- contamination - Foods that are placed in the refrigerator without a lid, unwashed fruits and vegetables, spoiled foods, leaking meat package and food packaging all can contaminate other foods stored in the refrigerator. Any foods that can spill should be securely sealed in spill proof containers. Place meats thawing on a plate to prevent any leakage. Fresh bought meats should be place in containers to prevent leakage. Molds produce spores which are very, very difficult to destroy and the presence of spores can contaminate other foods causing them to spoil as well. If you want to see what spores look like, take a mushroom and place it gill side down on a piece of white paper. Leave like that for 24 hours then lift the mushroom off the paper. You will see the gill pattern from what looks like tan coloured dust. This is the spores and each very tiny spore has the ability to contaminate other foods producing more mold which produces more spores. Wash all fruits and vegetables with a vinegar and water solution to kill nasties on the surface. Jars and other containers should be wiped down with a vinegar and water solution before putting into the refrigerator as well. Of special note, all cans including soda cans should be washed as it is common for them to have been contaminated by rodents during warehouse storage prior to distribution.
- food storage containers - Food storage containers should be transparent or semi-transparent so you can see what is in them at a quick glance. While plastic dairy containers may seem like a frugal choice of refrigerator container, foods stored in them often get pushed to the back or forgotten because you can't see what is in them. Sliced deli meats or cheeses, and meats package in plastic wrapped foam trays should be removed from that packaging and be re-packaged in see through containers for use within a few days or in the case of meats, re-packaged for the freezer if longer term storage is desired.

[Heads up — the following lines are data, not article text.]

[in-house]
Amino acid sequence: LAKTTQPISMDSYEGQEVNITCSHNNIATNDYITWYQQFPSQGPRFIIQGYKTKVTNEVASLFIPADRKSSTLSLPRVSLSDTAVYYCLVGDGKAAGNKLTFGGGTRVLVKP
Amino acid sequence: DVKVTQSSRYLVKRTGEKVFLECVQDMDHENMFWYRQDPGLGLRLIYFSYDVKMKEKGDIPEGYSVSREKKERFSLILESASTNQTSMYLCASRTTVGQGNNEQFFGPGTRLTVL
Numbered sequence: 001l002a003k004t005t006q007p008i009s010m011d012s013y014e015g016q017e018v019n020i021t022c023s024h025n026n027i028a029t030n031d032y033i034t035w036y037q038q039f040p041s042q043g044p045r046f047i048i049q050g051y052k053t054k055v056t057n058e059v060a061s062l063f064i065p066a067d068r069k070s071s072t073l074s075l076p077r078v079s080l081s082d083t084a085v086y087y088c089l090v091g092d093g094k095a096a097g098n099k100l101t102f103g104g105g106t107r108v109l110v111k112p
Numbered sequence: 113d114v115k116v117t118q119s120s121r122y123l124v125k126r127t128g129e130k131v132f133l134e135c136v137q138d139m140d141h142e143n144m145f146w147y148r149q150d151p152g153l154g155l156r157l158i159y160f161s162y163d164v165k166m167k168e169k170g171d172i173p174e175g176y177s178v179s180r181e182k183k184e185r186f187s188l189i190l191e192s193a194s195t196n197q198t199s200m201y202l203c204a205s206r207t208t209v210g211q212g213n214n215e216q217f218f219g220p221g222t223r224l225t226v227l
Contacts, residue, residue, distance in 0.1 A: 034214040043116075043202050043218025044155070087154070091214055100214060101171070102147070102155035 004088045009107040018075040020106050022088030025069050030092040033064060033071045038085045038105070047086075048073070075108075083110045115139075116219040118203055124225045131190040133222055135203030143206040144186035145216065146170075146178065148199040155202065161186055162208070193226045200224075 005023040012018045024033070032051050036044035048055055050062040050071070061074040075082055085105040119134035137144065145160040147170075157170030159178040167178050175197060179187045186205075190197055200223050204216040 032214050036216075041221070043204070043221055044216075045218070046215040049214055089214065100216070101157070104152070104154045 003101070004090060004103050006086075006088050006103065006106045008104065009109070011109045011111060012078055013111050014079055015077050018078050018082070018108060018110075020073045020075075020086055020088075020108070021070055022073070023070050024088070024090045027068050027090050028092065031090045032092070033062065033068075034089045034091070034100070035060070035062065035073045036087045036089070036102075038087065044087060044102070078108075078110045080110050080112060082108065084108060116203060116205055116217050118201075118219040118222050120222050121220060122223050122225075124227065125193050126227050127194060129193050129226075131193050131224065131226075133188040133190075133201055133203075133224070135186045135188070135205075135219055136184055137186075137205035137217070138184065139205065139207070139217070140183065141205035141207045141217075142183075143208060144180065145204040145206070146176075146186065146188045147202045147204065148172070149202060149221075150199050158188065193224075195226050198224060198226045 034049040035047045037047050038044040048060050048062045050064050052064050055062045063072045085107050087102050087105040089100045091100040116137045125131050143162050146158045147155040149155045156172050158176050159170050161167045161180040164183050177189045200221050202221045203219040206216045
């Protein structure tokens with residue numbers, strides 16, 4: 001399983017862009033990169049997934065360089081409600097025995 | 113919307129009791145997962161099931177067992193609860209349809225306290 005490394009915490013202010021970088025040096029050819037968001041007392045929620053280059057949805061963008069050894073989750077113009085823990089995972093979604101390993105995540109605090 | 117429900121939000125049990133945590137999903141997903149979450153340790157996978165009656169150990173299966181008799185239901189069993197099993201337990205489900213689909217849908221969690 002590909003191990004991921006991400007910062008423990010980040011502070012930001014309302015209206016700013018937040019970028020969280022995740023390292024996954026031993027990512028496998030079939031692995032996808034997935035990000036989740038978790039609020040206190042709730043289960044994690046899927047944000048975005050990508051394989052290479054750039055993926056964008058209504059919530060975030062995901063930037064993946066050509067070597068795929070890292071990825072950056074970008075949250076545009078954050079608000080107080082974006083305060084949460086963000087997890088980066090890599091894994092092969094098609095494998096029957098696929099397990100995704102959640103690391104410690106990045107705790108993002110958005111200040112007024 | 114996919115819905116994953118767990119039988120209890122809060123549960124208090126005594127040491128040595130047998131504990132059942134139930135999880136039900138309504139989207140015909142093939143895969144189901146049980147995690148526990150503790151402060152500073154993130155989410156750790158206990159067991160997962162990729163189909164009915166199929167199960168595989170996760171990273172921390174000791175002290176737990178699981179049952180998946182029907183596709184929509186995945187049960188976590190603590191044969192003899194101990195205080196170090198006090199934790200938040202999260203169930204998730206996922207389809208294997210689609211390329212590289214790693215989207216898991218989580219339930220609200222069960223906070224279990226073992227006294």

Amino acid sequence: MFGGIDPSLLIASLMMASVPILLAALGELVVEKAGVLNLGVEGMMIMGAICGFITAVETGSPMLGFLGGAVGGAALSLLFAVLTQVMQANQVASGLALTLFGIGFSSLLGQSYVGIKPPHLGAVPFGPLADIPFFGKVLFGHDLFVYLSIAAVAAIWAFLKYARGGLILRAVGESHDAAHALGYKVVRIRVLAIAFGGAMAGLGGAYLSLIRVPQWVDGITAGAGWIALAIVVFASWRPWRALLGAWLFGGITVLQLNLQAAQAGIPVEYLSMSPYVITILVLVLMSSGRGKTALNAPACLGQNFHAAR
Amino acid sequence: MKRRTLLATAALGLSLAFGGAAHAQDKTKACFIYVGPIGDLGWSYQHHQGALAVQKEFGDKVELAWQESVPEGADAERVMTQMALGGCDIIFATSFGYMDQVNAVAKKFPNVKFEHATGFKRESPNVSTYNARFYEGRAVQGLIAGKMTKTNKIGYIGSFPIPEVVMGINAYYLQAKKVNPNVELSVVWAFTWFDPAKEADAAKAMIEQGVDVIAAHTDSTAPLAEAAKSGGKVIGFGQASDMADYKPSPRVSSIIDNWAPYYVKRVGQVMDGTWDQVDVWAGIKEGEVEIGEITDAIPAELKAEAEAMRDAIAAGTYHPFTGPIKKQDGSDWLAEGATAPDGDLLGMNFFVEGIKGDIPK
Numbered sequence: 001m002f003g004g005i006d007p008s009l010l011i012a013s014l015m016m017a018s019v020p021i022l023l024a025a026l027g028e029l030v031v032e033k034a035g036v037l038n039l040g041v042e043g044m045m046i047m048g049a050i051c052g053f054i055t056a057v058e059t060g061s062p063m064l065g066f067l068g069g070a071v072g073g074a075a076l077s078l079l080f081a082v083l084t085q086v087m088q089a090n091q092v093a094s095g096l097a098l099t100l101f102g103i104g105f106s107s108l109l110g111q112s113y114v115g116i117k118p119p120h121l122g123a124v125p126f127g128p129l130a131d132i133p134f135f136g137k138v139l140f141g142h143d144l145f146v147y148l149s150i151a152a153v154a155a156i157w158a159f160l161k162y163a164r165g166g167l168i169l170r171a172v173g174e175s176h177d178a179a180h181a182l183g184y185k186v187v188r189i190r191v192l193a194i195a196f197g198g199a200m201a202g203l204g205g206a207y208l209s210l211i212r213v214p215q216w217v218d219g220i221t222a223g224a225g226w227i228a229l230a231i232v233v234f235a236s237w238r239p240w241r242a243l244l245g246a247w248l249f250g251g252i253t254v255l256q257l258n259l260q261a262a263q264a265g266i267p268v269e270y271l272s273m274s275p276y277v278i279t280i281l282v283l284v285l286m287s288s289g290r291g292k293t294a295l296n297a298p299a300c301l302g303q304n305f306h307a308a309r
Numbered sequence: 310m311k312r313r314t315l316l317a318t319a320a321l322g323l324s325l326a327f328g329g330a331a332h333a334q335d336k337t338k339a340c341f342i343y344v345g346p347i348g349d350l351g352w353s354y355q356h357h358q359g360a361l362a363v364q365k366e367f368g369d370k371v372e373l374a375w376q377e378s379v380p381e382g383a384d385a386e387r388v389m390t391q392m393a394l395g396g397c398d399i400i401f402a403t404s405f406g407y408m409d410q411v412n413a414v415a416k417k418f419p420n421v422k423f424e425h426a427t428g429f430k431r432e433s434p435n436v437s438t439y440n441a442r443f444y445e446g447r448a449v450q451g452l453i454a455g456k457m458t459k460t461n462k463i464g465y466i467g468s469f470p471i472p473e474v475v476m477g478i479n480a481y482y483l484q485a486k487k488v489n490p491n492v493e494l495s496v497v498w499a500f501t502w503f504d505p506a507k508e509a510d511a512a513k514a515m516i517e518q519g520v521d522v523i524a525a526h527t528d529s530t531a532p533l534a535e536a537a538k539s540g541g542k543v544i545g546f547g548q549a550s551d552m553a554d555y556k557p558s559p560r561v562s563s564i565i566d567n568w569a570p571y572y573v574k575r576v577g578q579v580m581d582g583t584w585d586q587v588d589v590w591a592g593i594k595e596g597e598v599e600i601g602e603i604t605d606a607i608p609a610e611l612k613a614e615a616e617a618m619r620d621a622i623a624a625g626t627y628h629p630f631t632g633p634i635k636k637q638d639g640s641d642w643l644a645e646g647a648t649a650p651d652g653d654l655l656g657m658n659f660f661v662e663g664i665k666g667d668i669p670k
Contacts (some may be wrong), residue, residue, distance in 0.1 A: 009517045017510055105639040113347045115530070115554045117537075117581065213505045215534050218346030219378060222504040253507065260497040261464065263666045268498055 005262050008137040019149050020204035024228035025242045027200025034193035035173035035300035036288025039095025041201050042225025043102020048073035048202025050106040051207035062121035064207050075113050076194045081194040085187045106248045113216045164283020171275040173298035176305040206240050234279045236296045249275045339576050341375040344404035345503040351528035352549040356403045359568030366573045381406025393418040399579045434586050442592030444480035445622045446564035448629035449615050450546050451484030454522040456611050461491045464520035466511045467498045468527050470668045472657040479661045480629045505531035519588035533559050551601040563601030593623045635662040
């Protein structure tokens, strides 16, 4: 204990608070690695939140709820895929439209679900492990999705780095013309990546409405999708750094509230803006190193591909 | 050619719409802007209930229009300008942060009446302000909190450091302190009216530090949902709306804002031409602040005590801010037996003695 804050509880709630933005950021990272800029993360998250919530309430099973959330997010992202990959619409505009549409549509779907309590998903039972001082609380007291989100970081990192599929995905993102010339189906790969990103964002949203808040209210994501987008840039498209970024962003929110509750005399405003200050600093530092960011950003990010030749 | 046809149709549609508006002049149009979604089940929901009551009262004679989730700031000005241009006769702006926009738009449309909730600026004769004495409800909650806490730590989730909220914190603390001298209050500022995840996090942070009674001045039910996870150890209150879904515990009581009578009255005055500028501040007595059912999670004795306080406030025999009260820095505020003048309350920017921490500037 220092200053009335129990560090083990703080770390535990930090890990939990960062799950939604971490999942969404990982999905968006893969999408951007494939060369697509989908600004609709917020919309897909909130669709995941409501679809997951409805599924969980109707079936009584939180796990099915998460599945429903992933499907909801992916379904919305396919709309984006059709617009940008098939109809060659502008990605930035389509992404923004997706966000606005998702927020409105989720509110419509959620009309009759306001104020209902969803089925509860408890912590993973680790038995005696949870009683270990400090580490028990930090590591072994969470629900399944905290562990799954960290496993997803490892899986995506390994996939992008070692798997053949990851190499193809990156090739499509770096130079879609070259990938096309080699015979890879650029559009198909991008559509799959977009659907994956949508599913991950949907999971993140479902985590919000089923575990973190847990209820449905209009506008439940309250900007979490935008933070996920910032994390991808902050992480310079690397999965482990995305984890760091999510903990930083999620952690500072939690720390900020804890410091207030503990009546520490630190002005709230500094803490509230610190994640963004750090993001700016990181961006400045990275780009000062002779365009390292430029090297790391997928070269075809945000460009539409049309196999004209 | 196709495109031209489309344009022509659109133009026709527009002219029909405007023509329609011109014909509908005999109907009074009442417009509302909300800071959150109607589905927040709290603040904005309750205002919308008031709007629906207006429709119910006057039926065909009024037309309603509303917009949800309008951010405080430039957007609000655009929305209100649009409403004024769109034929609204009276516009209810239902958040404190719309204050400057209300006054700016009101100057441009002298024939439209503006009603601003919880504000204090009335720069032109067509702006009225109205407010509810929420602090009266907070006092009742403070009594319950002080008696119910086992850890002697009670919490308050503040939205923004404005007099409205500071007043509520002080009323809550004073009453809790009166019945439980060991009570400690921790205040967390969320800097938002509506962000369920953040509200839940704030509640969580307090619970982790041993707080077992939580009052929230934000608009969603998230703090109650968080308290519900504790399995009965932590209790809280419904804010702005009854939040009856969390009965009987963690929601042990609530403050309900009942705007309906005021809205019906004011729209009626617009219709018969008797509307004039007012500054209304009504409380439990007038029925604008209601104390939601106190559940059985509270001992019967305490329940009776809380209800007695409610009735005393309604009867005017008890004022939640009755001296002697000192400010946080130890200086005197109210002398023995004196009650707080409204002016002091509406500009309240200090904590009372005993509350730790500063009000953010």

- overcrowding - Refrigerators are notoriously overcrowded which reduces the air circulation necessary to keep foods from spoiling. There are only two ways to deal with this problem. First, clean out the refrigerator. Remove everything past its expiry date, any spoiled food and any food aside of condiments and pickles that will not be used within a week. Of the food not to be used within a week, freeze what you can then if at all possible use the remainder first. Set it aside on a shelf by itself to serve as a reminder to use it up immediately. Do not add any new food to the refrigerator during this purging phase. Once the refrigerator has been purged, remove everything and give it a good cleaning. Replace the food, organizing as you replace it. Keep one shelf reserved for left-overs. The food turnover on this shelf should be no more than two or three days so incorporate the left-overs into each meal. Avoid overstocking the refrigerator when doing your groceries and buy only what you can use within a reasonable amount of time.